Business wireless is up, but business wireline is another story.

James Anderson, Senior News Editor

October 21, 2021

4 Min Read

AT&T and Verizon executives are both calling the SMB market a key gateway to profitability.

Business wireline revenues are slumping for the telcos in their latest quarterly earnings. Both carriers reported a year-over-year decrease. However, leaders from both companies they are gaining momentum with small and medium-size businesses.


AT&T’s business wireline revenues totaled $5.9 billion, a 5.2% drop from a year ago. The company cited “pandemic-related connectivity and lower demand for legacy voice and data services.” On the other hand, operating expenses dropped 2.4% to $5 billion. EBITDA slipped 8.3% to $2.3 billion.

Pascal Desroches, AT&T’s senior vice president and chief financial officer, shared an optimistic view of the numbers.

“The business did see some difficult year-over-year comparison, given pandemic-related benefits experienced last year. We have been very aggressive in proactively rationalizing our portfolio of low-margin products. This creates incremental pressure on our near-term revenues. But at the same time, it allows us to focus on our core network and transport services products. It will take several quarters for us to work through this initiative. But as we lap the beginning of this process that began late last year, we should see improving revenue trends in business wireline.”

Desroches explained that AT&T plans to focus more of its enterprise services around core connectivity offerings, such as wireless and fiber.


AT&T’s John Stankey

CEO John Stankey agreed.

“Our customers are growing. Our revenues are growing, and we continue to take costs out of the business. So over time, it’s going to translate to improvement in not only top line, but we will see profit growth,” Stankey said.

AT&T Communications CEO Jeff McElfresh pointed to the strides AT&T needs to make in the midmarket. He said SMB customers are underrepresented in the AT&T client base. He vowed that AT&T will move shares its business wireline unit to be more “transactional-based,” “down-market” and fiber-driven.

“… these [SMB] customers are more inclined to use shared broadband served up by fiber. And our business-class services that we sell to our top-end enterprise accounts are a bit more bespoke and specific networks that are not necessarily attractive to the midmarkets,” McElfresh said.

AT&T’s business wireless unit did see growth in the third quarter, increasing 5.2% year from the year-ago quarter in terms of wireless services revenue.


AT&T’s fierce rival faces a similar prognosis. Verizon’s total business revenue declined 1.7% year-over-year to $7.7 billion.

“Wireline revenues continue to be pressured by secular trends, while also facing elevated year-over-year comps due to 2020 COVID spending,” executive vice president and chief financial officer Matthew Ellis told investors on Wednesday.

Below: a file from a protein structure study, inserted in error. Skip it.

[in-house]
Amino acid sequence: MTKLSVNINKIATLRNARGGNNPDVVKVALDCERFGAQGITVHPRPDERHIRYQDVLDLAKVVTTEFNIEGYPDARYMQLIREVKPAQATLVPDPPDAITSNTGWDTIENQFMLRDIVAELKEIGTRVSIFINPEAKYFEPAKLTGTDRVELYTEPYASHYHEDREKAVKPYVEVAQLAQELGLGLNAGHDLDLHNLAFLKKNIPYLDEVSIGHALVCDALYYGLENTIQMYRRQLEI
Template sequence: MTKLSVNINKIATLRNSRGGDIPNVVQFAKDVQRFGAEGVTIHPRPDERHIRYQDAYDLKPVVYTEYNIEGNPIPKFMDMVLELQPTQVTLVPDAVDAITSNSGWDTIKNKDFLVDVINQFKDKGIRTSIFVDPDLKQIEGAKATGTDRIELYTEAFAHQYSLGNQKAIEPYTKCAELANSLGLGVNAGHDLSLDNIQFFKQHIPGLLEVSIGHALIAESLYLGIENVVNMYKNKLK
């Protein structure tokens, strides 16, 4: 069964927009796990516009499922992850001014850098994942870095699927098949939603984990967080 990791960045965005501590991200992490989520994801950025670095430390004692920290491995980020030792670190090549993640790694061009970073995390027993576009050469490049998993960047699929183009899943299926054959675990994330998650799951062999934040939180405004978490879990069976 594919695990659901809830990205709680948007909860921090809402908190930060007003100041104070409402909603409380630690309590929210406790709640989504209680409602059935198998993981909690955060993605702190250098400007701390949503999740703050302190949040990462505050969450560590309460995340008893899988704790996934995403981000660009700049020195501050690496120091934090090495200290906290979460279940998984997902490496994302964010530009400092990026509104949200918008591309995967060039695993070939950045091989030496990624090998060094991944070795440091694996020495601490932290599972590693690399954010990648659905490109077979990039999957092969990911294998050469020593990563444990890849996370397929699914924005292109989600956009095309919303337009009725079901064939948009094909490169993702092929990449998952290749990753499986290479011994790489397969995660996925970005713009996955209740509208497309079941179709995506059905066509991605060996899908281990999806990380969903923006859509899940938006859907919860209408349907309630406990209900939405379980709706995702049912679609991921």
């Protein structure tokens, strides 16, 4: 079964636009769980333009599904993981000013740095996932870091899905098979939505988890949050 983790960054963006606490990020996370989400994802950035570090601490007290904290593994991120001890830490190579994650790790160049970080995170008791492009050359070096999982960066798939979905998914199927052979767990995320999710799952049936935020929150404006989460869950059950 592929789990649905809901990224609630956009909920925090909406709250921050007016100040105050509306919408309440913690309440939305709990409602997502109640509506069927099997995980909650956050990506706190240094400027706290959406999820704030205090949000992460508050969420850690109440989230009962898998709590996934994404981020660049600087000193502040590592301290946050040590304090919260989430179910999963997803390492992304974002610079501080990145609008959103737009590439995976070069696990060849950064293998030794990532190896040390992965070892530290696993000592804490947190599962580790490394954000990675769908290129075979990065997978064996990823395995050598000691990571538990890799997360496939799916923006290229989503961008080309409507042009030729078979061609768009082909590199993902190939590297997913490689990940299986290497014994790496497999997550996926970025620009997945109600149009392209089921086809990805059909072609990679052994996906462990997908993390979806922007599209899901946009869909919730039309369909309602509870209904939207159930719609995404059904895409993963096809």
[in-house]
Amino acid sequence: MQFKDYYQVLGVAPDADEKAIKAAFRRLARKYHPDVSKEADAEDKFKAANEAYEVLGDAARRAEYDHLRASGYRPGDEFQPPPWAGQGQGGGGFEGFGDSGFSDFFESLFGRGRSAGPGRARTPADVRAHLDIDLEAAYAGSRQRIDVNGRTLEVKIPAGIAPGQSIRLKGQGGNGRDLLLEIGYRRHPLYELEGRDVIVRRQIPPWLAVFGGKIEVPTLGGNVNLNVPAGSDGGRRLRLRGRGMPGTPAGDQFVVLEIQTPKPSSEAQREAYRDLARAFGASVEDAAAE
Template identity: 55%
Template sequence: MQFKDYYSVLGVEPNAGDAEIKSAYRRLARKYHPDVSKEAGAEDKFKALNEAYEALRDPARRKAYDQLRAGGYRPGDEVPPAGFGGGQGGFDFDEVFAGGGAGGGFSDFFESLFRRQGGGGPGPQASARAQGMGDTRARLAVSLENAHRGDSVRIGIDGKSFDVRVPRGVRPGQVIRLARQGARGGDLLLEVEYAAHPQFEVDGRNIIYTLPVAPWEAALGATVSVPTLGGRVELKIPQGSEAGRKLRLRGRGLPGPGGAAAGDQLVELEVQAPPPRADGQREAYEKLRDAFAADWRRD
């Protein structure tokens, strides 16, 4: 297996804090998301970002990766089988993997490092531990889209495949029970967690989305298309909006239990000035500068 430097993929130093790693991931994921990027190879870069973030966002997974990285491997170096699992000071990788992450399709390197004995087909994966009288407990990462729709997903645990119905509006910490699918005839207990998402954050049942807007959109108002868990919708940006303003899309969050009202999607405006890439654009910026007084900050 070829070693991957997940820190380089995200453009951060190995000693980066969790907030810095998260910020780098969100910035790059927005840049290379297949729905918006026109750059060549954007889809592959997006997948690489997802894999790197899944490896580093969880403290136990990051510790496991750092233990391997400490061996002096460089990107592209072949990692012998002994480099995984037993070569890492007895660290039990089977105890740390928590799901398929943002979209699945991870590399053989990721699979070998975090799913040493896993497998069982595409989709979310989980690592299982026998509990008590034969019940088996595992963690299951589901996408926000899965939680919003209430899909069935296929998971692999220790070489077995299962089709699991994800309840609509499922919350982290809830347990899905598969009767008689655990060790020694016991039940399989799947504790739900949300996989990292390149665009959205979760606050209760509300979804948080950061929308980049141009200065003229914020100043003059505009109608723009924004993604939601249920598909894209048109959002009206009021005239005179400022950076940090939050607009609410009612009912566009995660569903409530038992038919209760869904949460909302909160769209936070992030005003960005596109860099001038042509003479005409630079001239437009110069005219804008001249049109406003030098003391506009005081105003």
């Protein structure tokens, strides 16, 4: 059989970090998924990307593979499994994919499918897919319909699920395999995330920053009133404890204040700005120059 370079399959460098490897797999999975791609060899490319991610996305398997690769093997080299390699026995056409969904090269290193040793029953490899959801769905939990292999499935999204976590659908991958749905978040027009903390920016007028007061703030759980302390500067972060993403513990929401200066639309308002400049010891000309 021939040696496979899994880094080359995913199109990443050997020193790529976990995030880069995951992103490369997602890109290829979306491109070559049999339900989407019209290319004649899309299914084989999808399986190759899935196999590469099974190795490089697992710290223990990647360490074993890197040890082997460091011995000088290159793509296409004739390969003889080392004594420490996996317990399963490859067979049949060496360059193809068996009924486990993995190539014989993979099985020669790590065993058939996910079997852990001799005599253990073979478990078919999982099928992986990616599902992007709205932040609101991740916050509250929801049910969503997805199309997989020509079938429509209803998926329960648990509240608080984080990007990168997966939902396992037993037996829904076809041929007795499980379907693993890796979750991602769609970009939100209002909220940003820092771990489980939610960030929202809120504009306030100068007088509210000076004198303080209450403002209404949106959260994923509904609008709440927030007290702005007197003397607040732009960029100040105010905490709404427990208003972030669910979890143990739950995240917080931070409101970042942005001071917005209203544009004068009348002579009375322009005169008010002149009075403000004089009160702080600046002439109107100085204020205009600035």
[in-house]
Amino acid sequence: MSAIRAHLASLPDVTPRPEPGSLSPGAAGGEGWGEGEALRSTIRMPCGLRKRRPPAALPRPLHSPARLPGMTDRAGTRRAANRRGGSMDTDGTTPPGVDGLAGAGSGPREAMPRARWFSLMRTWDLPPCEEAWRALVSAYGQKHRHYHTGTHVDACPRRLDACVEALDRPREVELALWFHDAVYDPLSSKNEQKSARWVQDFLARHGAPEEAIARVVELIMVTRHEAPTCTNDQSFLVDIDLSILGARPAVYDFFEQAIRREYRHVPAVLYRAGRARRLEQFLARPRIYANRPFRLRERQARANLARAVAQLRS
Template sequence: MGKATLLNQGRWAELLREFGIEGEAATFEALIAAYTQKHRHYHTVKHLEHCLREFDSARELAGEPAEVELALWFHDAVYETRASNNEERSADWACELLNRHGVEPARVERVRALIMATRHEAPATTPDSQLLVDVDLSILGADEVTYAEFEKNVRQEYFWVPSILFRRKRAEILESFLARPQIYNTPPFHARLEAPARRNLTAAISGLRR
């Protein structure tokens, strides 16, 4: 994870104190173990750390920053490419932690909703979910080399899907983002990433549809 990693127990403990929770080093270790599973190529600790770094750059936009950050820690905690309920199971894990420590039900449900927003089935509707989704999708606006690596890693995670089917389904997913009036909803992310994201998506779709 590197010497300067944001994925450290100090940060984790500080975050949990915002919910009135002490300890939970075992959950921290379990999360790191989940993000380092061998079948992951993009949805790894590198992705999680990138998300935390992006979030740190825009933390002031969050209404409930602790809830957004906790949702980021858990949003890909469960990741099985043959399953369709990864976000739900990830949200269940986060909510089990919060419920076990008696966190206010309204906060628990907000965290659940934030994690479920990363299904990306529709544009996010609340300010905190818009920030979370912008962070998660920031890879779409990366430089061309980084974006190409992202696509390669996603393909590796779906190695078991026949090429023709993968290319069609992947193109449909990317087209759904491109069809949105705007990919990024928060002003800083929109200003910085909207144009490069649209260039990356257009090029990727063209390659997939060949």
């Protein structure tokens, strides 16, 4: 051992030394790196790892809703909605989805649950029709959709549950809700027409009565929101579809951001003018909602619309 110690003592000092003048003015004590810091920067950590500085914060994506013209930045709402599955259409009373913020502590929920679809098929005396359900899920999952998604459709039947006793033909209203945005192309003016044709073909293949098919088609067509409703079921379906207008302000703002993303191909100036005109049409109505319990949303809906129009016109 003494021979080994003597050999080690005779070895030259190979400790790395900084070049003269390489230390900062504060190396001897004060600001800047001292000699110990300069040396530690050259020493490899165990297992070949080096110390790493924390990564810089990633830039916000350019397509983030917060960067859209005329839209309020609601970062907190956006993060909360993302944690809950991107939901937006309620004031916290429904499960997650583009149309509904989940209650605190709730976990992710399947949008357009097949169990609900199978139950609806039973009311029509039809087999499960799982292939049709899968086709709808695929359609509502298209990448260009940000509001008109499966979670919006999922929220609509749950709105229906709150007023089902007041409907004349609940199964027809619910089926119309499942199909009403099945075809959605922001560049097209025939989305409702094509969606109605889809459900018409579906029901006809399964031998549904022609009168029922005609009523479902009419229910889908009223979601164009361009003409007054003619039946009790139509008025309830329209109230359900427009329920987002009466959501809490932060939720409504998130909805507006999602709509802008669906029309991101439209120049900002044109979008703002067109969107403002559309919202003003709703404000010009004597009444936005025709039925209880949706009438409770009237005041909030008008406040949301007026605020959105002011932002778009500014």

Ellis said the company continues to “compete effectively” in enterprise wireline. However, he said Verizon is focusing on “value-driving activities.”

“Last year during COVID, we saw a little bit of a step-up in some of the chord voice data revenue that we hadn’t seen in quite a while. We are now lapping that, and those volumes are returning to their pre-pandemic trends,” Ellis said. “The other thing is we’ve stepped out of some of the wholesale international voice business that had revenue, but not significant margins associated with it.”


Verizon’s Hans Vestberg

Business wireless services, however, increased 4.9% to $3 billion. Verizon cited public sector and SMB as key growth markets. However, CEO Hans Vestberg said public sector gains are beginning to temper as virtual education demands decrease. At the same time, he said SMBs are showing signs of growth.

Executives repeatedly pointed to Verizon’s mobile edge compute (MEC) solutions as a key opportunity. Vestberg also pointed to fixed wireless access as a solid opportunity for the Verizon Business Group.

Media Divestment

AT&T and Verizon both announced plans earlier this year to divest their media units. Verizon is selling its Yahoo media division to Apollo Global Management, and AT&T is selling its WarnerMedia division. The sale of WarnerMedia should close in the middle of 2022, and Verizon has already completed its sale.

Both deals reflect the movement of both companies to reprioritize connectivity as the lifeblood of their businesses.

“This is an opportunity to unlock value and be one of the best capitalized broadband companies, focused on investing in 5G and fiber to meet substantial, long-term demand for connectivity,” John Stankey said earlier this year.



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About the Author(s)

James Anderson

Senior News Editor, Channel Futures

James Anderson is a news editor for Channel Futures. He interned with Informa while working toward his degree in journalism from Arizona State University, then joined the company after graduating. He writes about SD-WAN, telecom and cablecos, technology services distributors and carriers. He has served as a moderator for multiple panels at Channel Partners events.

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